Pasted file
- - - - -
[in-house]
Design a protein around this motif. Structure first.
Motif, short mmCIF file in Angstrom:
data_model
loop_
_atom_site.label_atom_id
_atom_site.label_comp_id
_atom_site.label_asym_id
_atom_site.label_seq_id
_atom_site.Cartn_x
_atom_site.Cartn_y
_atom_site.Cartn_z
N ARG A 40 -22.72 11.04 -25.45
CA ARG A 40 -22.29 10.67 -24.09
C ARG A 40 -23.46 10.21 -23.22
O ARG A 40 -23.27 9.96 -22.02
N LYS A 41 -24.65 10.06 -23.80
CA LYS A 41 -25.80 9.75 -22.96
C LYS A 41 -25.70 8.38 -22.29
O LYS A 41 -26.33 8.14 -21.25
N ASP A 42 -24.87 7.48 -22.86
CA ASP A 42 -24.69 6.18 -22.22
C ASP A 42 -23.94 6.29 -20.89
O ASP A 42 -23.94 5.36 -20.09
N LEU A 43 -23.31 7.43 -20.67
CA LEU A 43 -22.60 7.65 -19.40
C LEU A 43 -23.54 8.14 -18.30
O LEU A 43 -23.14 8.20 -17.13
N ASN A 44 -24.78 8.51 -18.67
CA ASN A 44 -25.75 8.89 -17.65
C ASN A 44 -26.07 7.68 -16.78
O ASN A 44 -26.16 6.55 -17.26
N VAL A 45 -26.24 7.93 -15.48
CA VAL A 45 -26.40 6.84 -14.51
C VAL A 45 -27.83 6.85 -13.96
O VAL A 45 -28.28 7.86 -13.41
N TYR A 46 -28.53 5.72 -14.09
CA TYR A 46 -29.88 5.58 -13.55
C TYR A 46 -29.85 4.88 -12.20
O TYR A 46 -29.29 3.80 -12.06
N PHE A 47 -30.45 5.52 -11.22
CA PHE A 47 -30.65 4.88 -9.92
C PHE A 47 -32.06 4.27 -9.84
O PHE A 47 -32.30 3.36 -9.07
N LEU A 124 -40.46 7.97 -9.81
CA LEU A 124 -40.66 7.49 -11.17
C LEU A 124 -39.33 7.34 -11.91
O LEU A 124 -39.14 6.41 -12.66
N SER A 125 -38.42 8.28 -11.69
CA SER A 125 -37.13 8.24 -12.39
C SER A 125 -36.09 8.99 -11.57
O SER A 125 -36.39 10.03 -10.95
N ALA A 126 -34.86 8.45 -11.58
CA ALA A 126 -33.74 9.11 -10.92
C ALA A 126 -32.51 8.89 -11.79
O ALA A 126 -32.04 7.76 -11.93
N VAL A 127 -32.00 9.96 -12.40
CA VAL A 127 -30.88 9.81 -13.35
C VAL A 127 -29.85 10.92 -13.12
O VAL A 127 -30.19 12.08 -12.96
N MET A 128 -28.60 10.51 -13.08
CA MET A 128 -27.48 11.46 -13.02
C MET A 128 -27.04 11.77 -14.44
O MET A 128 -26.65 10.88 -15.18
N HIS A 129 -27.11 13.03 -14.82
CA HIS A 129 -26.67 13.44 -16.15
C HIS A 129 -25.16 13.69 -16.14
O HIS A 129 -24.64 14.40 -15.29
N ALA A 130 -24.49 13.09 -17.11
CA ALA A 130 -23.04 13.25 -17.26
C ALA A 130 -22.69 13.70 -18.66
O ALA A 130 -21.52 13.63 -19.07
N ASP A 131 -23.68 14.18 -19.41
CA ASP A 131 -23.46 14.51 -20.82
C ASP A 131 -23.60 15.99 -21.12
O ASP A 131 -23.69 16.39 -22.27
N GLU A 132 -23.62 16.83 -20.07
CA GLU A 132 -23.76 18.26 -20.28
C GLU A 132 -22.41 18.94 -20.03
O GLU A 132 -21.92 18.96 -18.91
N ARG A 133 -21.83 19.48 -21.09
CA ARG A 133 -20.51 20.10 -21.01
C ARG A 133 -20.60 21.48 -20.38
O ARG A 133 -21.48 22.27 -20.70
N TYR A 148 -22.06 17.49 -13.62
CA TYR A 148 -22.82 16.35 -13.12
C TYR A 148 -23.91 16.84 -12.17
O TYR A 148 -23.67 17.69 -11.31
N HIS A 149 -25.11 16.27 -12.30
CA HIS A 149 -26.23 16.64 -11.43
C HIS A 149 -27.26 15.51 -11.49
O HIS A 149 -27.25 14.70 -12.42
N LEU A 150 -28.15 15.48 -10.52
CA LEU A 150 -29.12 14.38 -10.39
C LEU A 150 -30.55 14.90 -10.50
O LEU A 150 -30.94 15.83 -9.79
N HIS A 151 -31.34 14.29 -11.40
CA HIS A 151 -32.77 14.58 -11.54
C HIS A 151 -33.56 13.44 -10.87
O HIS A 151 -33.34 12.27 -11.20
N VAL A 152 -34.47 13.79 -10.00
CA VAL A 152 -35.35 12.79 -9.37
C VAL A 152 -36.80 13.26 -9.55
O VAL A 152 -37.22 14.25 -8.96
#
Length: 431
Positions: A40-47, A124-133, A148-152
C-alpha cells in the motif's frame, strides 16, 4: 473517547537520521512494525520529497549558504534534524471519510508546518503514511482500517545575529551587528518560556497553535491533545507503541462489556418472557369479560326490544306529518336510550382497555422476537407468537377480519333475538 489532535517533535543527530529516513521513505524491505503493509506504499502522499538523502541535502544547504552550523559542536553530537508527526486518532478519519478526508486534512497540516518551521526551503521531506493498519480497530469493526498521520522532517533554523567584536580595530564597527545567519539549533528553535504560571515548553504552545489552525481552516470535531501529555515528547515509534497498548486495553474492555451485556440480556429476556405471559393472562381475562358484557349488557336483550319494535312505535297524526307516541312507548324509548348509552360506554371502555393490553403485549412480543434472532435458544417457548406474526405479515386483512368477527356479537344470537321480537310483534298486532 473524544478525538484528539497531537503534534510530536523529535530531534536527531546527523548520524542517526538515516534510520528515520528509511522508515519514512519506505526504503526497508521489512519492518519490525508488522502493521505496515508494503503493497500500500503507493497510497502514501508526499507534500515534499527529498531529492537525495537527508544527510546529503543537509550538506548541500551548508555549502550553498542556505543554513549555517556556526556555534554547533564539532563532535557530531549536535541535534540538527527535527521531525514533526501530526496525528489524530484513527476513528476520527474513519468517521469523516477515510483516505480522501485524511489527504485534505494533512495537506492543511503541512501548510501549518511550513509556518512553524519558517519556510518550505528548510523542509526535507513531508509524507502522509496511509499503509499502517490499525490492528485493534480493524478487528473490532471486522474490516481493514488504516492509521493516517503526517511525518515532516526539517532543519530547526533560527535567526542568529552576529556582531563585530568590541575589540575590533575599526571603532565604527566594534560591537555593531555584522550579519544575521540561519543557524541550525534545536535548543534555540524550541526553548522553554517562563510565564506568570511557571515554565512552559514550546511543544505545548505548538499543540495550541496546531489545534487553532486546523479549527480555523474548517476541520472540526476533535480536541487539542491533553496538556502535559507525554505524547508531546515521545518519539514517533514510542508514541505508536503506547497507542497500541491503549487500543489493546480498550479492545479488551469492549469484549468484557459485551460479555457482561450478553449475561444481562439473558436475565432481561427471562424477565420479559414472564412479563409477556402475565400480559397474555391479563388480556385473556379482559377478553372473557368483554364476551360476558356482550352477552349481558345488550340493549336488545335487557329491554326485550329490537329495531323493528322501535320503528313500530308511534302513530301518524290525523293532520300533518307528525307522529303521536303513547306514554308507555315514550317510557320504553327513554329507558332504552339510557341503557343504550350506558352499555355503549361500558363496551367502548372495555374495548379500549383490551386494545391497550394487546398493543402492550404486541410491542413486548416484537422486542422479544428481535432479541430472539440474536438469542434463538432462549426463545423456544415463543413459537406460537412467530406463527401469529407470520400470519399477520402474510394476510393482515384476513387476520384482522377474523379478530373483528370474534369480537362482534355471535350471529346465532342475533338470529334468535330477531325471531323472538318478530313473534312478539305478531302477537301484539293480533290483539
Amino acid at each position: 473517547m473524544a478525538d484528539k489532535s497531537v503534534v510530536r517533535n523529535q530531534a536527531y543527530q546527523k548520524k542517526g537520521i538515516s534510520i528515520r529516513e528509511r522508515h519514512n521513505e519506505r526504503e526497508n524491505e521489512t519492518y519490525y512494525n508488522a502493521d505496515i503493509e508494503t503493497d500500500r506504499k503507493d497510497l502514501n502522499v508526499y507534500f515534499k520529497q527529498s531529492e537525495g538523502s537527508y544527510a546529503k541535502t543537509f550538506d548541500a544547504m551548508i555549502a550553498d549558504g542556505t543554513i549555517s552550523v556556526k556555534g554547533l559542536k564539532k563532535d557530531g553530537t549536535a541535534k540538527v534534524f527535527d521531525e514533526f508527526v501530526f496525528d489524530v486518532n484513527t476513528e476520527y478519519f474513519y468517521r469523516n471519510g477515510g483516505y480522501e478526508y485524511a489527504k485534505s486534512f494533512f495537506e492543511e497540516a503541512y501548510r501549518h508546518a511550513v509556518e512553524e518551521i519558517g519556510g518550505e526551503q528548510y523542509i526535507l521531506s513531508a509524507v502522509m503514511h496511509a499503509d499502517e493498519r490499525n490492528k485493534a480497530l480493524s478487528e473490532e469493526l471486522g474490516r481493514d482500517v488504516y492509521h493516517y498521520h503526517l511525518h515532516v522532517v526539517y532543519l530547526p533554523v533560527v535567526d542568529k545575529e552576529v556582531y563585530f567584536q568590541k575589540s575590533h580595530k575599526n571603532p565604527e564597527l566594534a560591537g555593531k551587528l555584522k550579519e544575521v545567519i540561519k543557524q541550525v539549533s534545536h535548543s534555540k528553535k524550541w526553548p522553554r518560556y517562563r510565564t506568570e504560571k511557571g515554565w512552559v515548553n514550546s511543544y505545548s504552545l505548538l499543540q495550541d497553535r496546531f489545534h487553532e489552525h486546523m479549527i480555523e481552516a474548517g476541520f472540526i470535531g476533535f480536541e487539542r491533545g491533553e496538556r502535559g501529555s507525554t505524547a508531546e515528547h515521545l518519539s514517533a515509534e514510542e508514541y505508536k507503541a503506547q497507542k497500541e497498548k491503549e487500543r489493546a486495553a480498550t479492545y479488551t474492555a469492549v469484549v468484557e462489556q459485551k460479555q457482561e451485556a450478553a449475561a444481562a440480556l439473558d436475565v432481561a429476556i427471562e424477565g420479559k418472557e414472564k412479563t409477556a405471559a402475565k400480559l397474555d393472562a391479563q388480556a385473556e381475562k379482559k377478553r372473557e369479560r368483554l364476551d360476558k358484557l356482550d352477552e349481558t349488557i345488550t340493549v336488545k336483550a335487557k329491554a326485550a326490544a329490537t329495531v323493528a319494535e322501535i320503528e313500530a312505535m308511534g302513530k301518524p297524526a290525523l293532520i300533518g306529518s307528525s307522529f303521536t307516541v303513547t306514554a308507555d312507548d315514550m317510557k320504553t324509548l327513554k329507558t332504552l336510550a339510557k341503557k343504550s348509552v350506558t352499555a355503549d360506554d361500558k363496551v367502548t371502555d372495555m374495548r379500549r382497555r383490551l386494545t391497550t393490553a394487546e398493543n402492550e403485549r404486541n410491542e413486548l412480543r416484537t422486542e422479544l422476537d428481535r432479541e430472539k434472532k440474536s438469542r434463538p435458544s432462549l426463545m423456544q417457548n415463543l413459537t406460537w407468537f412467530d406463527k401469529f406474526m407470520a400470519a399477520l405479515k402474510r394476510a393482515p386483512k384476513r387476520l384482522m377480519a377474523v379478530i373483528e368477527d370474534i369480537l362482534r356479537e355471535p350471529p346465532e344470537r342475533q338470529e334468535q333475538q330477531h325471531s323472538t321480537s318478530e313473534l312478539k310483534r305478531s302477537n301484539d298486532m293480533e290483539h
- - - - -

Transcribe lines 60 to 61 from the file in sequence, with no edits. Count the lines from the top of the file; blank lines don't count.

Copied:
O VAL A 127 -30.19 12.08 -12.96
N MET A 128 -28.60 10.51 -13.08